Recently on LinkedIn there were two separate threads in ColdFusion related forums regarding the topic of the challenge of finding ColdFusion developers as an employer, and finding jobs as a ColdFusion developer.
The discussion covered a variety of perspectives from telecommuting, the ecosystem, economic, tips on attracting developers, tips to finding jobs, etc…
Below is is an adaptation of my posts…
I’m the Sr. Manager of a collection of technical teams (DBAs, Developers, and B.I), and we have had a few people work predominantly from home.
Of course there are a number of advantages from the employees perspective in that they get to recuperate time from commuting, expense of commuting, etc… I would say that the biggest advantage is the ability to focus. An office environment, particularly if you’re a key person on the team, can be a non-stop barrage of distraction. And if you are key person, the company benefits the most when you’re focused.
There are of course drawbacks.
We’ve seen that there is an isolation effect. Tools like Skype, WebEx, and TeamViewer are great tools, but nothing is like the experience of a face to face. Studies have shown that telecommuters do not advance as fast as their peers who work in the office. And let’s face it, we’re human beings and have evolved to interact with each other in person (give it another 50yrs and we’ll all be plugging into something like the Matrix and conduct face to faces in digital form).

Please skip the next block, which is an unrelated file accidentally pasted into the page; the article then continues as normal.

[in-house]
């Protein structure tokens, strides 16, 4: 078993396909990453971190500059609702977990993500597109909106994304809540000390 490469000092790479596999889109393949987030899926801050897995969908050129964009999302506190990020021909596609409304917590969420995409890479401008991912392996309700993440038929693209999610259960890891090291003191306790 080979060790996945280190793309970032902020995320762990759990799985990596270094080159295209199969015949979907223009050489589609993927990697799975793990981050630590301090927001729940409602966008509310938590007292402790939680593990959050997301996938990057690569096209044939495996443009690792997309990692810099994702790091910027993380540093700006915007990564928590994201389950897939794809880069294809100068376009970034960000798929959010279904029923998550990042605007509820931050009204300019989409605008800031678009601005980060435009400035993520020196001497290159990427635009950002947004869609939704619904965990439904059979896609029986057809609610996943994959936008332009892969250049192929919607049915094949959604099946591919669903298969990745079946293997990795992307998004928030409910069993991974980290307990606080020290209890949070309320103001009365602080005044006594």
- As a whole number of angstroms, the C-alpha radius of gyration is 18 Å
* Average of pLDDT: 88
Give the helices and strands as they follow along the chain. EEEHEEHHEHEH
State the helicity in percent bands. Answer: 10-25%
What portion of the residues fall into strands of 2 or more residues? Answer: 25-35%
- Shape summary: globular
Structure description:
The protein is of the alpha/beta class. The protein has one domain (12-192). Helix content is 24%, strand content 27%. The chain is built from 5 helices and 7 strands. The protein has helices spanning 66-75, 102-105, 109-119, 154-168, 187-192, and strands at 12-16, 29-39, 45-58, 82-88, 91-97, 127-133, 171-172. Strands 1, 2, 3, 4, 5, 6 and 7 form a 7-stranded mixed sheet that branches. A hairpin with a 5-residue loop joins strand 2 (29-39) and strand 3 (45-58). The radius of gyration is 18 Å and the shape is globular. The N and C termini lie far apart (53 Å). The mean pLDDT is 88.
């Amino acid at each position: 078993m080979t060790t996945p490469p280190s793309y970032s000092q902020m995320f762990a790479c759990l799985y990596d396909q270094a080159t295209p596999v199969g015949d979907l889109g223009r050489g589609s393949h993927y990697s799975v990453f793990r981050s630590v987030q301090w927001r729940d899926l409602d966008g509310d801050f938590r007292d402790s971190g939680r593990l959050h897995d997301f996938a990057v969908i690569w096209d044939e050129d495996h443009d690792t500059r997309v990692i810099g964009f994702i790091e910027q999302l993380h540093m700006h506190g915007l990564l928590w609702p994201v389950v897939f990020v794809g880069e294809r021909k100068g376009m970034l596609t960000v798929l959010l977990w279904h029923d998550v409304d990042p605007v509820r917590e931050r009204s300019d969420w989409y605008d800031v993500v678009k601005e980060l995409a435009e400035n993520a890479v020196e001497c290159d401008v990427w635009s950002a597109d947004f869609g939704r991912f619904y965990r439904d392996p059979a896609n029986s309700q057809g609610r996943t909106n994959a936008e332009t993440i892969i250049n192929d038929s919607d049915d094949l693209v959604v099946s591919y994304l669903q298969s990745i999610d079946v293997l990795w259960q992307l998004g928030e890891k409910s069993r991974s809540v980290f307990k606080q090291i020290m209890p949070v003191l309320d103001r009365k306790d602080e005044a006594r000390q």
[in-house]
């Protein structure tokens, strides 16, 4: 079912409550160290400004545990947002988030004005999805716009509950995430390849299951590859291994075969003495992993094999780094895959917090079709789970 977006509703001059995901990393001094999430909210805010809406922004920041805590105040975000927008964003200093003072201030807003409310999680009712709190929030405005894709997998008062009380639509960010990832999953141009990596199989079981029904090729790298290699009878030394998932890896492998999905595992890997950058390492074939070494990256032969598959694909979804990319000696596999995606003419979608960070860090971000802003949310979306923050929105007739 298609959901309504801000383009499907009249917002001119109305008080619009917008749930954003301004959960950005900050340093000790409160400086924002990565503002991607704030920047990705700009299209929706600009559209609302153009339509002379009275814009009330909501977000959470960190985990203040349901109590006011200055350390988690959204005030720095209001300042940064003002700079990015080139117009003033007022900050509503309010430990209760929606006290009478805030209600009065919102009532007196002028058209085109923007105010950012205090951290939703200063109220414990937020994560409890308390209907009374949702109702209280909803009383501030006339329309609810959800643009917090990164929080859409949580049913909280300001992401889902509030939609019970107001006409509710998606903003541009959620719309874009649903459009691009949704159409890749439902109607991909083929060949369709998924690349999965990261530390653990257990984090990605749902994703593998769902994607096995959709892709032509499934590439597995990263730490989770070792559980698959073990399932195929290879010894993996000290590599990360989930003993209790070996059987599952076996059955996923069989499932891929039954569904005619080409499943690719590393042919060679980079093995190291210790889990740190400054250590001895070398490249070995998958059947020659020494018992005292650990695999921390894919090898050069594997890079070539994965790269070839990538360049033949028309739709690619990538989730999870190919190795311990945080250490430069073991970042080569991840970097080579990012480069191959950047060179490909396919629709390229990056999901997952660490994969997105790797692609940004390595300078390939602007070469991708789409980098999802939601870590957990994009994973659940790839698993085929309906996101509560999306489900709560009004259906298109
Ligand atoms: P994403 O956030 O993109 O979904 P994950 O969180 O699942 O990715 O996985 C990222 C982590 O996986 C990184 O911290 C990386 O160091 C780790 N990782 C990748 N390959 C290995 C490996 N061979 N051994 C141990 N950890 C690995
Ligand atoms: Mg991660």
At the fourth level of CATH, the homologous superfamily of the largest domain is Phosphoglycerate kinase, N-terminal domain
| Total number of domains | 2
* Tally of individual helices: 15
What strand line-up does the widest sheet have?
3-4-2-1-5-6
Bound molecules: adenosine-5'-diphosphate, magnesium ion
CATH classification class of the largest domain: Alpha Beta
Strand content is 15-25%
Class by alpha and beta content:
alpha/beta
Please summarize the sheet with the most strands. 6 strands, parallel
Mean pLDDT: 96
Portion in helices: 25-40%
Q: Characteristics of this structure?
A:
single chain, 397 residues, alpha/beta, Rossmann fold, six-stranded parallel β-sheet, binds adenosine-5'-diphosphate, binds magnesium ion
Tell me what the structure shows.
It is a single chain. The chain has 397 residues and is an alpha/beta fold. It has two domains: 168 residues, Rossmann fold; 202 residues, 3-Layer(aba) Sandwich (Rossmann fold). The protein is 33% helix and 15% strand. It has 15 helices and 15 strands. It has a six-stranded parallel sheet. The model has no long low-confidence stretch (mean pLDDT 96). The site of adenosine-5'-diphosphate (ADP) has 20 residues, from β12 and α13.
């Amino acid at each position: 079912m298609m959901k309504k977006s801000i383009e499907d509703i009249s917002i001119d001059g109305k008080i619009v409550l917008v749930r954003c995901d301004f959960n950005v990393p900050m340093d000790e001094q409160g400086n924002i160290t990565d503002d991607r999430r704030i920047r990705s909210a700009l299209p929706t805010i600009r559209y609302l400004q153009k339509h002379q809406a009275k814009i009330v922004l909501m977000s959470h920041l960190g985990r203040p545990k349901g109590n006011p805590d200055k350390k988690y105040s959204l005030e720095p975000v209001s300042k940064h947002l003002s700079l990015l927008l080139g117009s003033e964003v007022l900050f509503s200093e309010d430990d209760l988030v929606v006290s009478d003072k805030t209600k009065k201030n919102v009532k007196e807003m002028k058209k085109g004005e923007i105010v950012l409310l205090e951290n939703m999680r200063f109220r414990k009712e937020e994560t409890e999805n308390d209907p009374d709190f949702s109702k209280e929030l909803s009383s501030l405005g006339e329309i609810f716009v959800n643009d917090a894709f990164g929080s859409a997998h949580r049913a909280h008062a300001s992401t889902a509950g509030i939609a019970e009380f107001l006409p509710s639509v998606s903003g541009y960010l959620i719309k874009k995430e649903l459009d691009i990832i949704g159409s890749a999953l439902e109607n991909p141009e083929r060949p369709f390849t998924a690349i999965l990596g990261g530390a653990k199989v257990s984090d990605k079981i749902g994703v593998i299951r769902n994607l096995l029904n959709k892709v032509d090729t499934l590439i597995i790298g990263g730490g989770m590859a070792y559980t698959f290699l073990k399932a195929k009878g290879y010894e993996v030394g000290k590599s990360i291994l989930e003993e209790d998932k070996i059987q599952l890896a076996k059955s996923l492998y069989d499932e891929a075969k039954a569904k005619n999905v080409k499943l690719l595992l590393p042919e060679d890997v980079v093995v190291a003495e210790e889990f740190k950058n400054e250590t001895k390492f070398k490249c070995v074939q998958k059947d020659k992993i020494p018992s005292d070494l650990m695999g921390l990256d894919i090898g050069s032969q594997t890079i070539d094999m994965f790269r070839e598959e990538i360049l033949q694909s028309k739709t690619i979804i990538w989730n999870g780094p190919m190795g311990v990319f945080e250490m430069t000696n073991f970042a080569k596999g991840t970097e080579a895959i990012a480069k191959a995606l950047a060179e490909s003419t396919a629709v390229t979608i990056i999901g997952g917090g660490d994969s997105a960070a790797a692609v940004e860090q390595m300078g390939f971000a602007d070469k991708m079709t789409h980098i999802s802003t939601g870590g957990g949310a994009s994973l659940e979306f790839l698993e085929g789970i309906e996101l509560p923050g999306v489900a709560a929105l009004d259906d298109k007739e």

We also find that the team chemistry and bonding evolves significantly slower among a group of telecommuters. Those side conversations, going out to lunch, sharing challenges while grabbing a coffee… those occurrences are far less with telecommuters.
Growing Jr staff
Another challenge is that Jr staff rely on the Sr staff. You can make progress with screen sharing and conference calls, but it is no way as smooth as quickly walking over to a whiteboard and coaching a Jr member. So if the Sr Developers are telecommuting, your cost to get a Jr ramped up and productive is considerable to the point that a manager would be evaluate if it’s even worth it.
On an individual level, can a person do X work in Y time, regardless if they’re in the office or not, sure.
But on a team building perspective, the chemistry, unity, and bonding to achieve cohesiveness is extremely important. And telecommuting poses some serious hurdles.
One alternate solution is a hybrid approach. We found that worked well with Sr. staff working 2 or 3 days at home, which allows them to focus. And the days that they’re in the office you get the team building, the coaching of the Jr staff, the face to face interaction, etc…
Some studies suggest there is an ROI with telecommuting. The ROI tends to be on an individual level. From a management perspective, you’re looking for the overall output of the team which is more than simply the sum of all individual output.
Company cultures are unique
Each company is unique. And good management recognizes their organization’s strengths, weaknesses, abilities, shortcomings, etc… So although studies and ROI case studies are useful data points, you do have to factor in the unique reality of your exact company.
Not impossible, just recognize the challenges